• [0041]
    A dotted arrow in FIG. 4 depicts seldom called service routines SR3, SR57, SR94 . . . SR64 and frequently called service routines SR89, SR17 . . . SR6 and SR4, SR34 . . . SR16 are depicted with unbroken arrows.
  • [0042]
    Both modes may be common but 32 bit instructions and 16 bit instructions seldom follow each other.
  • [0043]
    The intermediate format is designed so that frequent service routines can be pointed out using a shorter code than the infrequent service routines. In effect the statistics gathered from execution will control the encoding to optimize common service routines for speed. The encoding will lead to reduced bandwidth to memory when fetching intermediate code, as the frequently executed instructions will be shorter.
  • [0044]
    Statistics used to group service routines can be collected before a simulator, an emulator that also reports about how the system is behaving internally, is compiled or while the simulator is running, in which case the simulator dynamically updates the set of service routines used to simulate the instruction set.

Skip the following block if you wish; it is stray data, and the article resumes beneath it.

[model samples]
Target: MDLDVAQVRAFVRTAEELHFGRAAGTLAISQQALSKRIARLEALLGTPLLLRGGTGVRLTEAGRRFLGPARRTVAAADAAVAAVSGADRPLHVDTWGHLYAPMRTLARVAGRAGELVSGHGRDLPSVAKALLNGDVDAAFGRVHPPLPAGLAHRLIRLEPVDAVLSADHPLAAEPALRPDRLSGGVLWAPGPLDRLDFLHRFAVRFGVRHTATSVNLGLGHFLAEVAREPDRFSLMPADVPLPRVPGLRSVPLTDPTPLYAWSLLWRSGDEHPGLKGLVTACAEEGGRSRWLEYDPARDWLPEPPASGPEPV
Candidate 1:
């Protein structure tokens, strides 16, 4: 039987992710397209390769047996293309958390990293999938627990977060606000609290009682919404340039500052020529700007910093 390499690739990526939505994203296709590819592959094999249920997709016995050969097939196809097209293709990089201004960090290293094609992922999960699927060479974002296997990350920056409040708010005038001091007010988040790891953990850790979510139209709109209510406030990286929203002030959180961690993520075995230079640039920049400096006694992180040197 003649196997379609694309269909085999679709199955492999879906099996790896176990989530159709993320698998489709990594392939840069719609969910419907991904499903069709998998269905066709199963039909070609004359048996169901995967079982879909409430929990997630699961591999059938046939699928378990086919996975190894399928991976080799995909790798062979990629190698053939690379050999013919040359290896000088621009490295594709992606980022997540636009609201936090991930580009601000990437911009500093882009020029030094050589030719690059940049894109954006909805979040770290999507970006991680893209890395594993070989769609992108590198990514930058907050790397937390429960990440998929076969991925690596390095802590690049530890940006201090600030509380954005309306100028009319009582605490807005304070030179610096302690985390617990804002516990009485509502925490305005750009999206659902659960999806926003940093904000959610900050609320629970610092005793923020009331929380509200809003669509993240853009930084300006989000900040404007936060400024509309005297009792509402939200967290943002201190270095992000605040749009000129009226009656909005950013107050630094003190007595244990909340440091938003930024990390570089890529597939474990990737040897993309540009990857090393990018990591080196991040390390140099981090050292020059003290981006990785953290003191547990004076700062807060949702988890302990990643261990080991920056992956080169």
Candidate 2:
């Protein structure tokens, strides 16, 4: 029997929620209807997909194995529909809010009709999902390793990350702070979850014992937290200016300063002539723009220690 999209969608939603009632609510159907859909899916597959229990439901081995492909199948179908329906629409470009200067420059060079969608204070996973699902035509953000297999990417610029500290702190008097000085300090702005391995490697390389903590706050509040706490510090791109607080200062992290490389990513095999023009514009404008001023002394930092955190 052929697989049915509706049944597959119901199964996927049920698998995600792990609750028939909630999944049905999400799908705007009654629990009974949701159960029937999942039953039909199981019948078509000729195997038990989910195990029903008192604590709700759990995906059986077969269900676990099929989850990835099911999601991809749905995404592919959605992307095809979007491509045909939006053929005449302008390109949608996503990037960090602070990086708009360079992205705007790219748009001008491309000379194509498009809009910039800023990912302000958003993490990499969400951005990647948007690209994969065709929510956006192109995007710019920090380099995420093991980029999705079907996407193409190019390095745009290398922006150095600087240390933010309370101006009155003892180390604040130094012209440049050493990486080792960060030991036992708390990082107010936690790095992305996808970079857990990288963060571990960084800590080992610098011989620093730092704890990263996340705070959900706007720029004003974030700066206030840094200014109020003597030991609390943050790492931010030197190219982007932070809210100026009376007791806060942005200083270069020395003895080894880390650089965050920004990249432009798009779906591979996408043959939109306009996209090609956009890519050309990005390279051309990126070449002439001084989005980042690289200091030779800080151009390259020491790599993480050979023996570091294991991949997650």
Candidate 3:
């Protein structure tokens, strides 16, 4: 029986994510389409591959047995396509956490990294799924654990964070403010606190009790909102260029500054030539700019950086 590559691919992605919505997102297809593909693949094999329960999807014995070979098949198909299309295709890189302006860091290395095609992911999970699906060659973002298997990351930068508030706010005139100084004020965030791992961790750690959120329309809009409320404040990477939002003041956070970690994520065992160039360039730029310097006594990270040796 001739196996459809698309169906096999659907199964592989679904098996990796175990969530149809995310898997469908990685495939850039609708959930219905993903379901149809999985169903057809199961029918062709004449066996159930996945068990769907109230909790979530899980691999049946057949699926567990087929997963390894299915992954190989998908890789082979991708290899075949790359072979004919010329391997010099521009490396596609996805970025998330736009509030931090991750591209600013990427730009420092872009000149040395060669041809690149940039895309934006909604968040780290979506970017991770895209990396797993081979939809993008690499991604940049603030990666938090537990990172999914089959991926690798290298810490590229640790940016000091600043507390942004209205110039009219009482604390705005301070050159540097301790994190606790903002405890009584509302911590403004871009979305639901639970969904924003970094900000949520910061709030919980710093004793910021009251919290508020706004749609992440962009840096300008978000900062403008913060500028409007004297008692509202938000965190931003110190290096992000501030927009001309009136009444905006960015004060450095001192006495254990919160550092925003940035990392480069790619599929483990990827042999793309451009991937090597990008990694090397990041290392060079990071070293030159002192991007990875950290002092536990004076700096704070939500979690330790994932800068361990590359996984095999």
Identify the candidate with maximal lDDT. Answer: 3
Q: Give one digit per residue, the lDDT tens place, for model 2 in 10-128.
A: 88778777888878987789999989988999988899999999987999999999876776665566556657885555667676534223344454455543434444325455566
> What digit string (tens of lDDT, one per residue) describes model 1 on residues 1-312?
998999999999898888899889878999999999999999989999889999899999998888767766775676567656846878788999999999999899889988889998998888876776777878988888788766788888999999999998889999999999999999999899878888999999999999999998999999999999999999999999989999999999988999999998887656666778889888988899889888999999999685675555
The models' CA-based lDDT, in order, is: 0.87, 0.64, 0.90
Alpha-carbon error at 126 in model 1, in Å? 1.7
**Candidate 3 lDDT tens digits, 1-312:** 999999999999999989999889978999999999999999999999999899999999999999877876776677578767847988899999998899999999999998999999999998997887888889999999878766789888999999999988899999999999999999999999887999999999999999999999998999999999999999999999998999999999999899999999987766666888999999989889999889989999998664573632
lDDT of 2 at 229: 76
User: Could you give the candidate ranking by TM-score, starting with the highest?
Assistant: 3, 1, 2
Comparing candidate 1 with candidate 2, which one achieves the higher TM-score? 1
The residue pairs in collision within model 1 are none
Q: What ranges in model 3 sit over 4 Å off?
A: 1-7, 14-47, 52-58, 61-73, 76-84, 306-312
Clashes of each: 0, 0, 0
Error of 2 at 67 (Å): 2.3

• [0045]
    By providing the present invention, realistic instruction sets translated to service routines can be written in a high-level language, compiled and yield a portable effective simulator. For example it would allow writing an interpreter in ISO C and make it portable while still having excellent performance. It allows the interpreter to have a large number of service routines without a negative performance impact. Said interpreter comprises, in one embodiment of the present invention:
      • statistics means for collecting and recording statistics of how often service routines are executed and what parameters they had;
      • clustering means for grouping frequently used service routines with program jumps between each other in a program function with regard to a predetermined frequency value for determining such service routines;
      • said statistics means recording the frequency of service routines executed after a said function; and
      • encoding means for assigning a frequently used service routines a shorter code than service routines SR3, SR57, SR94 . . . SR64 executed after a said function, thus gathered statistics, from an execution, control an encoding to optimize frequently used service routines for faster execution speed.
  • [0050]